MICROSOFT BOLSTERS IRISH INVESTMENT WITH PLAN FOR NEW DUBLIN CAMPUS - Microsoft is on track to begin construction of a new purpose-built campus in south Dublin that could kick off an expansion of its operations here, says the Irish Independent. The company's managing director for Ireland, Cathriona Hallahan, said that the company hopes to start the project, which will rehome over 1,200 Microsoft staff, by the start of next year. "As a company, it's a continued commitment to Ireland," said Ms Hallahan. "We have acquired some land and are in the planning process at present. That will take six months, realistically. So we should be breaking ground on it early next year." Ms Hallahan said that the new campus, to be based close to the company's existing main office in Sandyford, will house all of the company's existing 1,200 full-time employees. She also said that the company may seek to expand its operations in Ireland. "Our focus is to evolve the investment here and to demonstrate that we can attract European talent here in Ireland," said Ms Hallahan. "We see ourselves as a gateway into Europe." Ms Hallahan said that Ireland's current technology boom was creating an "ecosystem" that was making it more attractive for multi-nationals such as Microsoft to consider creating more jobs.
'NO LEGAL FEARS OVER LENIHAN LETTER' - Finance Minister Michael Noonan has said he is not aware of any legal concerns expressed by the ECB regarding the disclosure of a letter sent by the bank to the late Brian Lenihan in the run-up to the 2010 bailout, writes the Irish Examiner. The ECB has to date refused to release the contents of the November 2010 letter from Jean Claude Trichet to the then finance minister in response to Freedom of Information requests. Mr Noonan, in a written Dáil response to Sinn Féin’s Pearse Doherty stated that “in early 2014, when the ECB initially sought my views in the context of its discussion on the possible release of the letter, I indicated that the decision to release the letter was a matter for the ECB". "It is important for relationships between institutions to be developed and sustained in order to allow for confidential negotiations to take place especially on particularly sensitive issues. Requests to release the letter have been considered under our own Freedom of Information legislation on a number of occasions. The decision has been to refuse these requests in line with relevant sections of the FOI Act and the refusal to release has been upheld on one occasion by the Office of the Information Commissioner," the Minister said.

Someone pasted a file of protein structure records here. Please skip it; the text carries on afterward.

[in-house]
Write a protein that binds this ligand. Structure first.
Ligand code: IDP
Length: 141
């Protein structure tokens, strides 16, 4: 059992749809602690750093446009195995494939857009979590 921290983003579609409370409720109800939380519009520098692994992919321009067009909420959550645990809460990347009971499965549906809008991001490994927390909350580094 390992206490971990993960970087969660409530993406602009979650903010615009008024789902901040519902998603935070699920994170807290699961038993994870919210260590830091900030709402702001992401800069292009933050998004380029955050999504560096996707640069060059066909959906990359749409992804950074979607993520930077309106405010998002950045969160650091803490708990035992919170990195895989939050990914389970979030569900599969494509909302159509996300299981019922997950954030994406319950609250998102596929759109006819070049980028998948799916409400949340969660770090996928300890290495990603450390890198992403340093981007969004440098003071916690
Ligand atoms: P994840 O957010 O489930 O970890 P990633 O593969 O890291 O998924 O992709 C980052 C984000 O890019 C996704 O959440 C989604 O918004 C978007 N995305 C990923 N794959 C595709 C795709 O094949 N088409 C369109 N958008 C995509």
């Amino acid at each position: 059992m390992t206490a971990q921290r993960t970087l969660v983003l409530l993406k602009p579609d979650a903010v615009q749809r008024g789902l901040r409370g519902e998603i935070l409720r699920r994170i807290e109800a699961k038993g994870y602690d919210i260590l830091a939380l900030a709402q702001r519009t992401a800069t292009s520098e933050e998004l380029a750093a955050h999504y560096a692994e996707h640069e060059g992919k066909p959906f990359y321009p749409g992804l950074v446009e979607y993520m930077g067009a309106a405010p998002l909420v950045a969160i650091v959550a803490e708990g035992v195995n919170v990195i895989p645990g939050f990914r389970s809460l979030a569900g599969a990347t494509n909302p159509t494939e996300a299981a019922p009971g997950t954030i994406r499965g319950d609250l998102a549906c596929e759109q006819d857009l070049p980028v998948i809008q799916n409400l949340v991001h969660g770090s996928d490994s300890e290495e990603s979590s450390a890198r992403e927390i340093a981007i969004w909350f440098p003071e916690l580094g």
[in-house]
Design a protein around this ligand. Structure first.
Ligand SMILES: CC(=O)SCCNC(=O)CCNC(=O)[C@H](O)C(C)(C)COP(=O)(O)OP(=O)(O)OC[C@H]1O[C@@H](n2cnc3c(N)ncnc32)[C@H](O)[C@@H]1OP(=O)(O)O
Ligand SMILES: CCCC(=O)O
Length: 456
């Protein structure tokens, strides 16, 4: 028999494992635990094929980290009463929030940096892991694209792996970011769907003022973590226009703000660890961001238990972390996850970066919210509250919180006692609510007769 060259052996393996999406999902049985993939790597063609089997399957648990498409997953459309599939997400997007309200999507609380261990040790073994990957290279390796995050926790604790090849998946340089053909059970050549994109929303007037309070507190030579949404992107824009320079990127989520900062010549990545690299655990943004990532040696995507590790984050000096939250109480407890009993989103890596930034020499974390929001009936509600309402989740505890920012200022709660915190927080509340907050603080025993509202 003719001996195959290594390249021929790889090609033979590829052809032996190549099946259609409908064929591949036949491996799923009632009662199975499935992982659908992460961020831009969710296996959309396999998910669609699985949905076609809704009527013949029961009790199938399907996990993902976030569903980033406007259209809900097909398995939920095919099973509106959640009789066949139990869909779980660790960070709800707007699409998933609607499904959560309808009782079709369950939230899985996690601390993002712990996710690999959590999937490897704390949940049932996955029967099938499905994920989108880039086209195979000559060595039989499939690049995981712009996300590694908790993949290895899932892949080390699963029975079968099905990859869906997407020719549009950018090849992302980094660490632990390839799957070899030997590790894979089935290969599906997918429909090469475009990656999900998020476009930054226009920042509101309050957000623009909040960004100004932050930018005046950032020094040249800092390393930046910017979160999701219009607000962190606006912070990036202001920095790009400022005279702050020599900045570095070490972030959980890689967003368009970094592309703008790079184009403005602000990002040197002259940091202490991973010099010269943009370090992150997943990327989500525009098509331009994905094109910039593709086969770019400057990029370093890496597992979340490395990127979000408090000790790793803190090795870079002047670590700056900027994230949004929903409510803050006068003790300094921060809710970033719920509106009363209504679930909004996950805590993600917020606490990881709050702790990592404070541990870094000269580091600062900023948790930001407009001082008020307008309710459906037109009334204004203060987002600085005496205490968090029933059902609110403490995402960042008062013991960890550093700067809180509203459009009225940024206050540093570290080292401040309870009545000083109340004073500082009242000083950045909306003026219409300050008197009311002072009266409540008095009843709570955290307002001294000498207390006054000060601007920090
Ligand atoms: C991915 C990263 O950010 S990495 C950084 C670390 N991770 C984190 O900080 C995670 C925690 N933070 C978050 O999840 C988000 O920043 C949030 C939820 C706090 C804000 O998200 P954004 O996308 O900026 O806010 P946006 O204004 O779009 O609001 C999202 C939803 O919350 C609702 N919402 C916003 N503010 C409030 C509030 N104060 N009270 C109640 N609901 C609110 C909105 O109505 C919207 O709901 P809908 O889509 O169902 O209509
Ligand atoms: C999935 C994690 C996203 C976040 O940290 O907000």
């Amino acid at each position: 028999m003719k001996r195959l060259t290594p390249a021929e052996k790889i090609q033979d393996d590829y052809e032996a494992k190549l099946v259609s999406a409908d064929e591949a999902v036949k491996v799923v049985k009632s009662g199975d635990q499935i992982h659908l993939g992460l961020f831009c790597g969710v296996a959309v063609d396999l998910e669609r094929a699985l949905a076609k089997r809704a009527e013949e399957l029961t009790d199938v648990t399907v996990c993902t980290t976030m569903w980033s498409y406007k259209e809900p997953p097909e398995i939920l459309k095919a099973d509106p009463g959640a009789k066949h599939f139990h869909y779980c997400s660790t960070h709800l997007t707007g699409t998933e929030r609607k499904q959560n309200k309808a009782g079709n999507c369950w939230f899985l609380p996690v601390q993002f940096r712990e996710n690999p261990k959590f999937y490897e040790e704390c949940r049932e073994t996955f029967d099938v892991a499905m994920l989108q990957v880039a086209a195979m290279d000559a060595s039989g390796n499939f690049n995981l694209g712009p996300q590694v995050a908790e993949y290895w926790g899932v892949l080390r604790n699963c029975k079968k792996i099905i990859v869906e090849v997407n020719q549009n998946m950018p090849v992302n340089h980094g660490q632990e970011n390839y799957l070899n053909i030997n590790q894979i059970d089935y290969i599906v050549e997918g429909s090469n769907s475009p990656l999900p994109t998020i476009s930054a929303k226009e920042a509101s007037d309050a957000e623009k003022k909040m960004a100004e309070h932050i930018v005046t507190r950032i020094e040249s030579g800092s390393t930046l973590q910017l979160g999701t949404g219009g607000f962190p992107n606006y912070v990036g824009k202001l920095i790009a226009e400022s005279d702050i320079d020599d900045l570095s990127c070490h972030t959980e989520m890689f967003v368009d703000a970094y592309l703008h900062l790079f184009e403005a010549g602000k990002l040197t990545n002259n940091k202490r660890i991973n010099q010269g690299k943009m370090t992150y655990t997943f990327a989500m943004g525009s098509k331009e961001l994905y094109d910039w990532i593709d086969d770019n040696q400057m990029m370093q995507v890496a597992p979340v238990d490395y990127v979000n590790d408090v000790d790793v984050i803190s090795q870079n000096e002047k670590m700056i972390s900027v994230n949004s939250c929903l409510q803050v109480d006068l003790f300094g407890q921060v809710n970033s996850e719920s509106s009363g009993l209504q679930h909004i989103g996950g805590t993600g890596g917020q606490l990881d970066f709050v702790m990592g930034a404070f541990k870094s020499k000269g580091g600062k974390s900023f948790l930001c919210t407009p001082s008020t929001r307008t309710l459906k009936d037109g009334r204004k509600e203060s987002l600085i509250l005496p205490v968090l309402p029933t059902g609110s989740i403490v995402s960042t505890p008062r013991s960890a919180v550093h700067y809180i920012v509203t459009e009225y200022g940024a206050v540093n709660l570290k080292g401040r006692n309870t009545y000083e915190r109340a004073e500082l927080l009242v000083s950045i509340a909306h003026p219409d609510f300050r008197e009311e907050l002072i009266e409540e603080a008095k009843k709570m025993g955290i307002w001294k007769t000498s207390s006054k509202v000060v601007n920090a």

GROWTH DATA, GDP - AND A FEW GOALS - Every four years, teams of highly paid, competitive individuals gather together and try to beat their international rivals. But this is not the World Cup. This is investment banks predicting who will win the World Cup, says the Financial Times. Economists from Goldman Sachs, UniCredit and Danske Bank have crunched everything from per capita GDP and the rapid growth of emerging markets to the availability of arable land, in order to come up with their winners and losers this summer in Brazil. Although it may not be apparent when watching a football match, economic fundamentals play a vital role in determining who will come out on top,” said Lars Christensen, chief analyst at Danske. The bank backed the US to get through the group stages at the expense of Portugal due to the US’s larger economy. Portugal may have the world player of the year in Cristiano Ronaldo, but it also has per capita GDP that is $30,000 lower than the US. Likewise, the rapid growth of emerging markets such as Chile and Uruguay has chipped away at the advantage formerly enjoyed by Italy and Spain. Goldman argued that availability of arable land is correlated - albeit weakly - with appearances in the World Cup final. Countries with lots of wide, open spaces such as Argentina and Brazil outperform small, crowded countries, such as the Netherlands.
EX-HUMAN RESOURCES CHIEF SUES DIGICEL OVER $3m CLAIM - Digicel, the Caribbean mobile phone company owned by Denis O'Brien, has become embroiled in an acrimonious court case with a former senior executive who alleges she is owed close to $3 million in unpaid share options. Jean Blackstock, who was Digicel's group head of human resources until 2004, is suing the company in the Supreme Court of Jamaica, where it was founded and is headquartered. The company denies it owes her any money, writes the Irish Times. In evidence presented to the court as part of the financial dispute, Ms Blackstock also alleges she was sexually harassed more than a decade ago by Seamus Lynch, the former group chief executive who now oversees Digicel's Pacific business and sits on its main board. Both Digicel and Mr Lynch strenuously deny there is any truth to this allegation and the company has filed documents with the Jamaican courts in which it strongly rejects this aspect of her claim. "[Digicel] will show that there existed a proper and professional relationship between [Ms Blackstock] and Seamus Lynch during the course of her employment . . . and afterwards," Digicel has told the court.